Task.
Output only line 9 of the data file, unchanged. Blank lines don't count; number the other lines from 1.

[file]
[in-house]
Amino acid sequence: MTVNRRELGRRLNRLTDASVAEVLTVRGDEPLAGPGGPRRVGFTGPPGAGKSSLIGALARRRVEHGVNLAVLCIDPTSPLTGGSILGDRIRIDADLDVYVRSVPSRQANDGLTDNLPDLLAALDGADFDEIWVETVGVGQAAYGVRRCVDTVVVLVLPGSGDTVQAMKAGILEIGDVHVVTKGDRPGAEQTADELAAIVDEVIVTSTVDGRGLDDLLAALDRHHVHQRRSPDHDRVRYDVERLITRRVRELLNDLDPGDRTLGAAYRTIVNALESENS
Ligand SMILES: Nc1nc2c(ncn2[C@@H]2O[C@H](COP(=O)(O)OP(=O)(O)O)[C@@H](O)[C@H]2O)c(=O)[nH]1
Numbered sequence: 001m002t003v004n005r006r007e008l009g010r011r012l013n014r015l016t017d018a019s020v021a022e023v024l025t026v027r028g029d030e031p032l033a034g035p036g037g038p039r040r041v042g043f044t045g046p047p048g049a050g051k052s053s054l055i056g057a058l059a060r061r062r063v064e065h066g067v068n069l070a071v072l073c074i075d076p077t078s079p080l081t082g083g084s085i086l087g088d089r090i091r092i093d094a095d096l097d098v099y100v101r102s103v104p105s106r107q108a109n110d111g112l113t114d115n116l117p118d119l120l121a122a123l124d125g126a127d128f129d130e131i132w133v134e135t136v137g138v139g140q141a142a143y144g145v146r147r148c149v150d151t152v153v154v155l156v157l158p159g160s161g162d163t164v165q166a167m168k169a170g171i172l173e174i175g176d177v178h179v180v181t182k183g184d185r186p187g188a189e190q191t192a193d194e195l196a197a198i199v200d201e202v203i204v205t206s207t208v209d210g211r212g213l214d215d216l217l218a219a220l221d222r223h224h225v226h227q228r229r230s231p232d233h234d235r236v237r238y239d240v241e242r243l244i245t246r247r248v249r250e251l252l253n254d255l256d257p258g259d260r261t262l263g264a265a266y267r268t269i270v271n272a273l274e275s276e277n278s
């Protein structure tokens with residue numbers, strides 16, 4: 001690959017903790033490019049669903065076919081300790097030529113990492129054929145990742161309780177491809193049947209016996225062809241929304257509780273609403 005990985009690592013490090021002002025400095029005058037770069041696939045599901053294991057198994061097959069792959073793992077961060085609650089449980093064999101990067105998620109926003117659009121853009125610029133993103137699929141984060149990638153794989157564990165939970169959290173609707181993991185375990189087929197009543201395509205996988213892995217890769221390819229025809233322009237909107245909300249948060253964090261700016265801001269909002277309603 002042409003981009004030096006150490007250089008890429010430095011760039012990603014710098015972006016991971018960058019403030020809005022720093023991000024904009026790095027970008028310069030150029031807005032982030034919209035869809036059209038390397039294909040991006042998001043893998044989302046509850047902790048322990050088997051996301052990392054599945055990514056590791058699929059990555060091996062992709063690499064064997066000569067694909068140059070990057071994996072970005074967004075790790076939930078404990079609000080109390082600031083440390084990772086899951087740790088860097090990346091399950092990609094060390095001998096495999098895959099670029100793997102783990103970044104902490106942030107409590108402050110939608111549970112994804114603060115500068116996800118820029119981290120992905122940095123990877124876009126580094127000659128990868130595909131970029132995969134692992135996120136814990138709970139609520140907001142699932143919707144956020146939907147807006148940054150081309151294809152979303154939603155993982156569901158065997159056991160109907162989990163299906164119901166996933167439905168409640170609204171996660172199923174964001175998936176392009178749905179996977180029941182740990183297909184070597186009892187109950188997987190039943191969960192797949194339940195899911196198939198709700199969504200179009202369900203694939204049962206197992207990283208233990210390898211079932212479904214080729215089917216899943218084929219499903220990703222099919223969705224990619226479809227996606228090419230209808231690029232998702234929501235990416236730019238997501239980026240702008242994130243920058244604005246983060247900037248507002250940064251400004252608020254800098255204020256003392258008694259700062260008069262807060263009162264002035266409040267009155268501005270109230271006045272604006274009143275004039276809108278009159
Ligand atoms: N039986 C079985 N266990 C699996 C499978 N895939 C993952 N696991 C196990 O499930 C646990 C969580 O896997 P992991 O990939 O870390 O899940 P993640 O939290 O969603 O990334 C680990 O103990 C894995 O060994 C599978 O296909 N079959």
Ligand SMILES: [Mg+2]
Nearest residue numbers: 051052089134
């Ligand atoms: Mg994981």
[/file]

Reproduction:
């Ligand atoms: Mg994981």